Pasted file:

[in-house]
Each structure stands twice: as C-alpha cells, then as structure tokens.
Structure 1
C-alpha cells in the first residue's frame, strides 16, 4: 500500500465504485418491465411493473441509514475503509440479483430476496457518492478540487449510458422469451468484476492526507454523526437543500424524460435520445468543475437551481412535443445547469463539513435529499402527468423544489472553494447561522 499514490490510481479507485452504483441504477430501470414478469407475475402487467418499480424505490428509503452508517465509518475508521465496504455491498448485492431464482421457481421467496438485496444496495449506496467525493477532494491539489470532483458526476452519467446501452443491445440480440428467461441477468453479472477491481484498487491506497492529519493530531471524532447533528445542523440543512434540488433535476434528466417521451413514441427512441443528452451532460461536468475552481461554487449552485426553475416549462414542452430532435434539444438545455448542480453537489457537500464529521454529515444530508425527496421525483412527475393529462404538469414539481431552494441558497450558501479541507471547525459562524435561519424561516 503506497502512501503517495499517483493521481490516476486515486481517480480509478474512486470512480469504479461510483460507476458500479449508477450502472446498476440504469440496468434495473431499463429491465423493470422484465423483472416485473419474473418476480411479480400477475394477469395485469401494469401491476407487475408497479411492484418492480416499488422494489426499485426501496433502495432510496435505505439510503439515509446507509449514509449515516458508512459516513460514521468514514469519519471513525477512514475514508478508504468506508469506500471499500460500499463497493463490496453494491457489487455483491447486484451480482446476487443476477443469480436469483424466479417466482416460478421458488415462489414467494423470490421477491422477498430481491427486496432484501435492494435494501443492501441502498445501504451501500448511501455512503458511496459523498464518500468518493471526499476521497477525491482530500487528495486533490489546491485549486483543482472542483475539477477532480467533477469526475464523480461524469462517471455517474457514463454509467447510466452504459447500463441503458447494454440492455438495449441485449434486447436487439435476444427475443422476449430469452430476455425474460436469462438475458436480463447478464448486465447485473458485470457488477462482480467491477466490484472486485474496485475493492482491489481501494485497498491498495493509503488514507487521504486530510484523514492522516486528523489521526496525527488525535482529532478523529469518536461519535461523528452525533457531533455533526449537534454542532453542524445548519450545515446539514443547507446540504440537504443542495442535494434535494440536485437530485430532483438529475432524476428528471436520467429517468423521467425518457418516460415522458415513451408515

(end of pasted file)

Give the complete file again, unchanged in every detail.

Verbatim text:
[in-house]
Each structure stands twice: as C-alpha cells, then as structure tokens.
Structure 1
C-alpha cells in the first residue's frame, strides 16, 4: 500500500465504485418491465411493473441509514475503509440479483430476496457518492478540487449510458422469451468484476492526507454523526437543500424524460435520445468543475437551481412535443445547469463539513435529499402527468423544489472553494447561522 499514490490510481479507485452504483441504477430501470414478469407475475402487467418499480424505490428509503452508517465509518475508521465496504455491498448485492431464482421457481421467496438485496444496495449506496467525493477532494491539489470532483458526476452519467446501452443491445440480440428467461441477468453479472477491481484498487491506497492529519493530531471524532447533528445542523440543512434540488433535476434528466417521451413514441427512441443528452451532460461536468475552481461554487449552485426553475416549462414542452430532435434539444438545455448542480453537489457537500464529521454529515444530508425527496421525483412527475393529462404538469414539481431552494441558497450558501479541507471547525459562524435561519424561516 503506497502512501503517495499517483493521481490516476486515486481517480480509478474512486470512480469504479461510483460507476458500479449508477450502472446498476440504469440496468434495473431499463429491465423493470422484465423483472416485473419474473418476480411479480400477475394477469395485469401494469401491476407487475408497479411492484418492480416499488422494489426499485426501496433502495432510496435505505439510503439515509446507509449514509449515516458508512459516513460514521468514514469519519471513525477512514475514508478508504468506508469506500471499500460500499463497493463490496453494491457489487455483491447486484451480482446476487443476477443469480436469483424466479417466482416460478421458488415462489414467494423470490421477491422477498430481491427486496432484501435492494435494501443492501441502498445501504451501500448511501455512503458511496459523498464518500468518493471526499476521497477525491482530500487528495486533490489546491485549486483543482472542483475539477477532480467533477469526475464523480461524469462517471455517474457514463454509467447510466452504459447500463441503458447494454440492455438495449441485449434486447436487439435476444427475443422476449430469452430476455425474460436469462438475458436480463447478464448486465447485473458485470457488477462482480467491477466490484472486485474496485475493492482491489481501494485497498491498495493509503488514507487521504486530510484523514492522516486528523489521526496525527488525535482529532478523529469518536461519535461523528452525533457531533455533526449537534454542532453542524445548519450545515446539514443547507446540504440537504443542495442535494434535494440536485437530485430532483438529475432524476428528471436520467429517468423521467425518457418516460415522458415513451408515